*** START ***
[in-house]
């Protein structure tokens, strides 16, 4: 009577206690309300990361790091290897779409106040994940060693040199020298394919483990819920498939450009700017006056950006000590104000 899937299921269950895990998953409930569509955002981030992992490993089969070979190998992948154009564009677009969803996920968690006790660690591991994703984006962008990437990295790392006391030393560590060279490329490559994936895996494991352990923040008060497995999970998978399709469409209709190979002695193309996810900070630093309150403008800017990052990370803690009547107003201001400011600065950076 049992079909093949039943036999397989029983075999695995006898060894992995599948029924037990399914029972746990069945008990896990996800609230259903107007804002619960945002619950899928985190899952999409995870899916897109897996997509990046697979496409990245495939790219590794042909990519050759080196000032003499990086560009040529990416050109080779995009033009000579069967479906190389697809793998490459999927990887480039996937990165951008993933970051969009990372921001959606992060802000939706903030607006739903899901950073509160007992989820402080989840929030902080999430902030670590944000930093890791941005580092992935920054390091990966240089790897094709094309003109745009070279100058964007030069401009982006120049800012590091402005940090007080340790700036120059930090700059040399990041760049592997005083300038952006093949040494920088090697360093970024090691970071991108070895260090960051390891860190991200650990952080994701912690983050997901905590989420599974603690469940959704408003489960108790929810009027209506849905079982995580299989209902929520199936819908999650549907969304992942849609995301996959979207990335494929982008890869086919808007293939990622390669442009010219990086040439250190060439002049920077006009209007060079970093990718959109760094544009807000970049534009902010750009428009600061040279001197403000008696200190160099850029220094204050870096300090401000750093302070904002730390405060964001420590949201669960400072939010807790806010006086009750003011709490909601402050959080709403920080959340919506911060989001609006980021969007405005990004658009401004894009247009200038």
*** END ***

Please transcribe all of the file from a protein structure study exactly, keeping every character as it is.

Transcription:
[in-house]
């Protein structure tokens, strides 16, 4: 009577206690309300990361790091290897779409106040994940060693040199020298394919483990819920498939450009700017006056950006000590104000 899937299921269950895990998953409930569509955002981030992992490993089969070979190998992948154009564009677009969803996920968690006790660690591991994703984006962008990437990295790392006391030393560590060279490329490559994936895996494991352990923040008060497995999970998978399709469409209709190979002695193309996810900070630093309150403008800017990052990370803690009547107003201001400011600065950076 049992079909093949039943036999397989029983075999695995006898060894992995599948029924037990399914029972746990069945008990896990996800609230259903107007804002619960945002619950899928985190899952999409995870899916897109897996997509990046697979496409990245495939790219590794042909990519050759080196000032003499990086560009040529990416050109080779995009033009000579069967479906190389697809793998490459999927990887480039996937990165951008993933970051969009990372921001959606992060802000939706903030607006739903899901950073509160007992989820402080989840929030902080999430902030670590944000930093890791941005580092992935920054390091990966240089790897094709094309003109745009070279100058964007030069401009982006120049800012590091402005940090007080340790700036120059930090700059040399990041760049592997005083300038952006093949040494920088090697360093970024090691970071991108070895260090960051390891860190991200650990952080994701912690983050997901905590989420599974603690469940959704408003489960108790929810009027209506849905079982995580299989209902929520199936819908999650549907969304992942849609995301996959979207990335494929982008890869086919808007293939990622390669442009010219990086040439250190060439002049920077006009209007060079970093990718959109760094544009807000970049534009902010750009428009600061040279001197403000008696200190160099850029220094204050870096300090401000750093302070904002730390405060964001420590949201669960400072939010807790806010006086009750003011709490909601402050959080709403920080959340919506911060989001609006980021969007405005990004658009401004894009247009200038």